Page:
Transactional Differences Between B2B and B2C

Recently I heard a quote from Steve Jobs about B2B businesses.  He pointed out that one of his favorite things about working at Apple was that, in some ways, his job was easy.  All he had to do was create amazing products and eventually consumers would buy them.  This, he noted, isn’t necessarily true in a B2B environment.

It’s an interesting and important insight.  To sell an iPhone, all Apple has to do is build it, put it on its website or in a retail store and an independent actor with full decision making authority will come to the store, give the cashier their credit card and make the purchase.

Imagine the same scenario in a B2B environment.  Apple makes the same great product, but there are a multitude of differences that make the actual sale dramatically more complex.  In a B2B environment before a simple transaction can happen, the following things must happen first.  The buyer needs to:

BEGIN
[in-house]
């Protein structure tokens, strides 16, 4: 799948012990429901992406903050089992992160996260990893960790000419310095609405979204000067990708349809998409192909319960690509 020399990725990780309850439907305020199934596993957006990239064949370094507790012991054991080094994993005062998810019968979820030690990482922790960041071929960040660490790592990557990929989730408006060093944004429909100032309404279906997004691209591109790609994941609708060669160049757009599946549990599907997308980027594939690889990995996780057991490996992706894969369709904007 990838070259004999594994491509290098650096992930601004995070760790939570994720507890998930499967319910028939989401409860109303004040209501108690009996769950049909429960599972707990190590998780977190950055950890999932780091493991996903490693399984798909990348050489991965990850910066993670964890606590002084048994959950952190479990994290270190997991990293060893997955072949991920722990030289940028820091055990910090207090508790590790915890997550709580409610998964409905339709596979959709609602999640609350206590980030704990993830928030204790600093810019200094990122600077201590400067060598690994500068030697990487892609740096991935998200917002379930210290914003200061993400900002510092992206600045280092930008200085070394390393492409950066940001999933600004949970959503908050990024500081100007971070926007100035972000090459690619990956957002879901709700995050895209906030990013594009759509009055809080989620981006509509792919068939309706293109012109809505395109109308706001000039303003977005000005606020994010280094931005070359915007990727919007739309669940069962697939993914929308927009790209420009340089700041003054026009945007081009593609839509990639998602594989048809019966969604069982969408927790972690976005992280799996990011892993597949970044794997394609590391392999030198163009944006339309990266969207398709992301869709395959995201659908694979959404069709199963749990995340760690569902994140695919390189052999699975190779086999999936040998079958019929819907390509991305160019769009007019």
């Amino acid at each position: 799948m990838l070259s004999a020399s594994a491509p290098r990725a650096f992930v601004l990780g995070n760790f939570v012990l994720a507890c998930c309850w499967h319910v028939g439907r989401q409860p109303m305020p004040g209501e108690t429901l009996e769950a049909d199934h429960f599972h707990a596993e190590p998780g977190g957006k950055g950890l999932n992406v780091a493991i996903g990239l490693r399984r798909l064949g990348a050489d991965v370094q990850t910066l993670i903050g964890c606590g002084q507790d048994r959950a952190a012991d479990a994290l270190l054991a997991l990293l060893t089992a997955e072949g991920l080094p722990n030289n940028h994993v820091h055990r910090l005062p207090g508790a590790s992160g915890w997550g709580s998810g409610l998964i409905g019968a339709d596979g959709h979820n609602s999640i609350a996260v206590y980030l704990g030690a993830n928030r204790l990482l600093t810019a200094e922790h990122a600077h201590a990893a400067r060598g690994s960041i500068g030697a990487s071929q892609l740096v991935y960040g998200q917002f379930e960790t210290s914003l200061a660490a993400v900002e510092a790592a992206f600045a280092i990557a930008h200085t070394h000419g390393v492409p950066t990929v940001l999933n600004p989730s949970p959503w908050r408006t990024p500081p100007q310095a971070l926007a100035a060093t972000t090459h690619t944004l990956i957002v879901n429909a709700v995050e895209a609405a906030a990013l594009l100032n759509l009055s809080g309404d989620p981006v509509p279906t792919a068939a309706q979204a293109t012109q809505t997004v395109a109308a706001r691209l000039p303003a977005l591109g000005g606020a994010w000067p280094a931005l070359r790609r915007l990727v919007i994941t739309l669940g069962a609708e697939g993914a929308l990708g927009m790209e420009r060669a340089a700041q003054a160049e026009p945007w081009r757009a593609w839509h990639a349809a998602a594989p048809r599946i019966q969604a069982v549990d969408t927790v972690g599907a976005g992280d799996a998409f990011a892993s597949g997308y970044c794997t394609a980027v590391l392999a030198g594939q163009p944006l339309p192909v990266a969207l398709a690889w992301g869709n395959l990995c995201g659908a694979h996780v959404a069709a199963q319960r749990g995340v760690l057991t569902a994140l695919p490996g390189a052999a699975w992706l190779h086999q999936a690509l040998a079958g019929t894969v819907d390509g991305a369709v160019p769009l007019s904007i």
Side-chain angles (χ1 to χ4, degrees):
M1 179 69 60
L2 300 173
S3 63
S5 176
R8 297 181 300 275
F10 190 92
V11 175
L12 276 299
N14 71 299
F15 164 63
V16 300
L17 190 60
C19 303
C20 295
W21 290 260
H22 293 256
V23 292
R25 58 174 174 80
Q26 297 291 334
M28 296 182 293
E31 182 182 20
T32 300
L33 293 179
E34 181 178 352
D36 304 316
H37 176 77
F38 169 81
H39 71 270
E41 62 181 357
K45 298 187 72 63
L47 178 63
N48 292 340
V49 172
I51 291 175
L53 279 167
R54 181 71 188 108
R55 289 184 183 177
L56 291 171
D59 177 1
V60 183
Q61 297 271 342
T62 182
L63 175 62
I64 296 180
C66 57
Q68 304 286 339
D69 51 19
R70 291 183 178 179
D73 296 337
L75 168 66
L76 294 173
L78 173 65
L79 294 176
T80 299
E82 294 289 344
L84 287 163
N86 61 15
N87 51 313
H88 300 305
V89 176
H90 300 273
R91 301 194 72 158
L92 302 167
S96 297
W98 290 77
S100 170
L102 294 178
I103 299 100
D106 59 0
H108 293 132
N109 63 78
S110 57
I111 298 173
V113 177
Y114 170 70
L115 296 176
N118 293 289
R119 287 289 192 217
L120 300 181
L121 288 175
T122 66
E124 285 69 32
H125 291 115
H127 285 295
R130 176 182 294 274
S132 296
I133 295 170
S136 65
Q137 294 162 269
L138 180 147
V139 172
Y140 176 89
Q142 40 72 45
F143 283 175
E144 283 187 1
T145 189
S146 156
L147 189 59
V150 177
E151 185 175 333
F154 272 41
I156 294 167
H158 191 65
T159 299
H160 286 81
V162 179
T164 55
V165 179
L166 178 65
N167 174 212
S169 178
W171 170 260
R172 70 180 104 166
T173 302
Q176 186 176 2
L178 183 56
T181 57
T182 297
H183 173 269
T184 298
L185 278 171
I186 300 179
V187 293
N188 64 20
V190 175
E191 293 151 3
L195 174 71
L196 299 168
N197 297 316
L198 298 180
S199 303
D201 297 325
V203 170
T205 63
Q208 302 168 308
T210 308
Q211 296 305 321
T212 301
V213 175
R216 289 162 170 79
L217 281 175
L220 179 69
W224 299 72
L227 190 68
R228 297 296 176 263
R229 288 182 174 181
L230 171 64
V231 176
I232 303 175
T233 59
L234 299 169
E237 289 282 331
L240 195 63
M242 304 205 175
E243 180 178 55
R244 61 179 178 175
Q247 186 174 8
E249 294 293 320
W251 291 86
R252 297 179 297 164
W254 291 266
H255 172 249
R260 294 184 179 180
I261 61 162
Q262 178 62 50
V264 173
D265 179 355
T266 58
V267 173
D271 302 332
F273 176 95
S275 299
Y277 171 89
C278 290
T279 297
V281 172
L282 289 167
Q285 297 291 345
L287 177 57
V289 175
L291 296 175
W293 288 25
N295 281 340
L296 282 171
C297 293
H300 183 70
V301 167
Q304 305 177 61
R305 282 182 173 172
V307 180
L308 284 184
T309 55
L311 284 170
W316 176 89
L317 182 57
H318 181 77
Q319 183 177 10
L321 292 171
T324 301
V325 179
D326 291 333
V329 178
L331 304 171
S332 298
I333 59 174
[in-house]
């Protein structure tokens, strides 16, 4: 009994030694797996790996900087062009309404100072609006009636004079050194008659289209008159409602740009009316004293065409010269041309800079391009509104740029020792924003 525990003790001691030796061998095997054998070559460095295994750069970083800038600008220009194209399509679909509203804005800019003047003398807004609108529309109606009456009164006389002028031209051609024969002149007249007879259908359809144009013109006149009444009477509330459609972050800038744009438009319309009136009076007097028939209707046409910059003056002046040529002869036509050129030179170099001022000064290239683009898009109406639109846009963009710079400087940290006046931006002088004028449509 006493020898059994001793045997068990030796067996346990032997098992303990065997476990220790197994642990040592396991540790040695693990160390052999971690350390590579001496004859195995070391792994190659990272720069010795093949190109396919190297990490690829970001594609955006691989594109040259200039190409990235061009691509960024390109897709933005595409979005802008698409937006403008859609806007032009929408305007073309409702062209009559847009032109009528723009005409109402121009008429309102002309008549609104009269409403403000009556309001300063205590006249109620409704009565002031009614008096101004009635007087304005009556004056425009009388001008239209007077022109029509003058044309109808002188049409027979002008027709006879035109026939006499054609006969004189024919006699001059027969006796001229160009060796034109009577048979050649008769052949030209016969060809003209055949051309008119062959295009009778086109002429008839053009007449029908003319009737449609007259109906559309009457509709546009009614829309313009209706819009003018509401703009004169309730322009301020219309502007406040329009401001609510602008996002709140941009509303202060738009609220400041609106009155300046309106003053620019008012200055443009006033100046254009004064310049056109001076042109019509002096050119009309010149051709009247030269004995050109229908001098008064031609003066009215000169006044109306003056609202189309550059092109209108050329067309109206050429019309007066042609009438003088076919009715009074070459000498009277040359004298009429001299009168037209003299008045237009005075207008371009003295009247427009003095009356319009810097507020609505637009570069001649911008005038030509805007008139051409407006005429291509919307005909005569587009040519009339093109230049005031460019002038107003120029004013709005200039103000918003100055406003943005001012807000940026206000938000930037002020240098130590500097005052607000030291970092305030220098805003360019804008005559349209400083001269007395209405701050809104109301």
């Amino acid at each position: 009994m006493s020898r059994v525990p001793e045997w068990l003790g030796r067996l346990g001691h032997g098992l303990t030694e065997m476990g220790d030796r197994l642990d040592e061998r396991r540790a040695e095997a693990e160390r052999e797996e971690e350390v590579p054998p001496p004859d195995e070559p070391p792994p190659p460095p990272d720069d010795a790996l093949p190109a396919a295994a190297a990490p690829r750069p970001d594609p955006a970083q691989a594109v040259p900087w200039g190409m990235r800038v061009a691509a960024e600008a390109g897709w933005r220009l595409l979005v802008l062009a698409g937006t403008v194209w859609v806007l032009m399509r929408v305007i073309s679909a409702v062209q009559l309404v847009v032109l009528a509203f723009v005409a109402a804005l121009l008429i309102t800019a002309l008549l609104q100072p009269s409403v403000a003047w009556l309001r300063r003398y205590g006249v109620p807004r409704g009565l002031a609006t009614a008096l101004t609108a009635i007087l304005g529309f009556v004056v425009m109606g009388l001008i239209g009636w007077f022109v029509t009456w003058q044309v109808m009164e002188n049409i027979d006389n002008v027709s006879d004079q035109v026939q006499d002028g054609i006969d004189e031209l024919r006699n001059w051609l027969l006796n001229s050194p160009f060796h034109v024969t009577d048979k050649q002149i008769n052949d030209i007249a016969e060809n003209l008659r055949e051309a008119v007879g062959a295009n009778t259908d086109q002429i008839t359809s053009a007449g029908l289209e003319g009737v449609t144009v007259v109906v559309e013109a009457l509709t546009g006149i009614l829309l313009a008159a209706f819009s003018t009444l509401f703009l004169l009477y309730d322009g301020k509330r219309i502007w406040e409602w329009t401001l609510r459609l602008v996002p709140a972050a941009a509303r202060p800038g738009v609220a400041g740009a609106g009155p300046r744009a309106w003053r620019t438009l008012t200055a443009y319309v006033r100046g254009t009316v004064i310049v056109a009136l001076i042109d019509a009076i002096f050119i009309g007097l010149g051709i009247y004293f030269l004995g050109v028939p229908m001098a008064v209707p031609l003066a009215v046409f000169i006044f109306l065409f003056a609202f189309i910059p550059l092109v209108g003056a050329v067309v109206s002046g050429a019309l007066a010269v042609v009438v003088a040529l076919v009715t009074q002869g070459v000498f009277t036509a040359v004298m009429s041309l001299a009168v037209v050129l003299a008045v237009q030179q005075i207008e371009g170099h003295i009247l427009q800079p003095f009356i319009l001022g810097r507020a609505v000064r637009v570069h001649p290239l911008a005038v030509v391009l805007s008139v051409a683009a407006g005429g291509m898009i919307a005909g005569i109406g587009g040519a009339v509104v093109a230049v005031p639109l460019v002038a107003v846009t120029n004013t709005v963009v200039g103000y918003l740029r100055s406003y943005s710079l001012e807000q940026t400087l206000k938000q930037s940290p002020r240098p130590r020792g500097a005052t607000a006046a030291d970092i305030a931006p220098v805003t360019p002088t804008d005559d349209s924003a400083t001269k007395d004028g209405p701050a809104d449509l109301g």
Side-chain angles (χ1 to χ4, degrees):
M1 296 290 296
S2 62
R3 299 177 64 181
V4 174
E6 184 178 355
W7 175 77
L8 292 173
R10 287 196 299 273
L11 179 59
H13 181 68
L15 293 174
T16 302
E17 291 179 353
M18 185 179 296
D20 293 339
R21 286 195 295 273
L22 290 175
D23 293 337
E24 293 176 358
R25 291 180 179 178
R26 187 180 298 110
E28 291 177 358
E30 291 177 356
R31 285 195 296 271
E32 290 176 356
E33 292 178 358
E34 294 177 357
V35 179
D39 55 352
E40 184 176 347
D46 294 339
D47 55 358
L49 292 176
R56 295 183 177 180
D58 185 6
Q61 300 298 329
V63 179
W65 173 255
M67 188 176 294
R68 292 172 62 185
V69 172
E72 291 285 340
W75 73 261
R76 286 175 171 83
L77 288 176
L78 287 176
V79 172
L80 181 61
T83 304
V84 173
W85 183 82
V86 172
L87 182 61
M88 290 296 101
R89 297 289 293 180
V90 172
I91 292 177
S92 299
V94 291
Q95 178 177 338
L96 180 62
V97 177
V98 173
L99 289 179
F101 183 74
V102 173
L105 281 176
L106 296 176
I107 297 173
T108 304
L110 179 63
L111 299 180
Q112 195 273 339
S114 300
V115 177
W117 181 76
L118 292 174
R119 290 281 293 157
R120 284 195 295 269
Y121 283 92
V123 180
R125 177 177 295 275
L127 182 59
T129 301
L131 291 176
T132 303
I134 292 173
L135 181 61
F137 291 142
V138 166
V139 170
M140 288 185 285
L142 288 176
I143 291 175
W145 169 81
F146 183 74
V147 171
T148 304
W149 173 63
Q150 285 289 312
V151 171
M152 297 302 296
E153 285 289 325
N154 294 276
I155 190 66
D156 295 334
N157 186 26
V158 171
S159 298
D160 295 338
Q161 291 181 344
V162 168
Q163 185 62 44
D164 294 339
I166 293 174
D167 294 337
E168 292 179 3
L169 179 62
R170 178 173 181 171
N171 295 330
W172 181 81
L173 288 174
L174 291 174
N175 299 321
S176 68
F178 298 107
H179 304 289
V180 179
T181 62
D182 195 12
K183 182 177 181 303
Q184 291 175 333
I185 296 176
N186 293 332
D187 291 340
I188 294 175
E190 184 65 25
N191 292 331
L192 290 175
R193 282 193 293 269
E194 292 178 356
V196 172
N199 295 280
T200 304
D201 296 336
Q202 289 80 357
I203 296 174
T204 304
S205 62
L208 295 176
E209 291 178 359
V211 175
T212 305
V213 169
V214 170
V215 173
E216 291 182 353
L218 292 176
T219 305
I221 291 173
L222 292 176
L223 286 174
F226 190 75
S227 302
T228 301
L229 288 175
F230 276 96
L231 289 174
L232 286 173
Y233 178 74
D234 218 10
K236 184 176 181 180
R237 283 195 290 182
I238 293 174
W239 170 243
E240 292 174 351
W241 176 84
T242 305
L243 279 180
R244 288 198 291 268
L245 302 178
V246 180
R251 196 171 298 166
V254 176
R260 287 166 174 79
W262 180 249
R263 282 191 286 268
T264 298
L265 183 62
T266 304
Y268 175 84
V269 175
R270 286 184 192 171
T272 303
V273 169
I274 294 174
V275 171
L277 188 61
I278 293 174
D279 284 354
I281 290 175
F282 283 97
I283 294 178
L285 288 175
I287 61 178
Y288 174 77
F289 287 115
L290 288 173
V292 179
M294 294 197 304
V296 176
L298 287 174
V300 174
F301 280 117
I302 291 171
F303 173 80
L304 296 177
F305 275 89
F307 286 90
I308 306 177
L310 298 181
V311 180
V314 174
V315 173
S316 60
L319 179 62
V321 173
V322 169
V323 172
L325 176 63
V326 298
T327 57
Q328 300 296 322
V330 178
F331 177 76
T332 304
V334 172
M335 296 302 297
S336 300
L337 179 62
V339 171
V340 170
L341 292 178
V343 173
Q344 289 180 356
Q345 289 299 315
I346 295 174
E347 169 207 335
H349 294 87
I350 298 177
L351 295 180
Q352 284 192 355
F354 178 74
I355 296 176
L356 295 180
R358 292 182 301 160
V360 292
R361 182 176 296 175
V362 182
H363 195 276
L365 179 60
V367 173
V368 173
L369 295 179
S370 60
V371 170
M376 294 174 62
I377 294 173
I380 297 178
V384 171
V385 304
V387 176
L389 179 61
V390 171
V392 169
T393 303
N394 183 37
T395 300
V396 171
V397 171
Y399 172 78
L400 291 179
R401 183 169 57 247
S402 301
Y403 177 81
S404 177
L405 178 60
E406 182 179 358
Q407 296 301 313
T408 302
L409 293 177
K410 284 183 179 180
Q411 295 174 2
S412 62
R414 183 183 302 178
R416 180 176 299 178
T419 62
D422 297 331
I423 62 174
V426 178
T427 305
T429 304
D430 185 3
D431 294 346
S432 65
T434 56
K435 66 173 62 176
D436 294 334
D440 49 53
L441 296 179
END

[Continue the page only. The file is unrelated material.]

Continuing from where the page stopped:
• Be sure they’re not already buying iPhones (in a big company it’s possible that the buyer doesn’t know)
  • Assign a procurement team to survey a variety of teams within the organization on what features are most important to them in a smart phone
  • Prioritize those features
  • Build a framework for valuing smartphones
  • Review that framework with multiple teams
  • Research other smartphones to see if there’s a better option
  • Potentially request a proposal from those other options
  • Determine a budget for smartphones
  • Negotiate pricing with the vendor
  • Once a decision is made to go with the vendor, they must get buy in from multiple groups and multiple levels (this is where its more about emotion than process, any person at any level could stop the deal based on their own whims)
  • Check vendor references
  • Write up an agreement with the vendor
  • Have legal team review the agreement
  • Negotiate legal and business terms with the vendor
  • Circulate negotiated agreement among senior managers and executives
  • Request sign off from the appropriate executive
  • Get sign off from appropriate executive
  • Issue purchase order
  • Receive and process invoice
  • Pay invoice based on negotiated terms

Finally, if Apple is able to get through all of these obstacles, they’ll finally get a check.  These transactional differences illustrate why a super strong sales team can be a true competitive advantage for B2B businesses.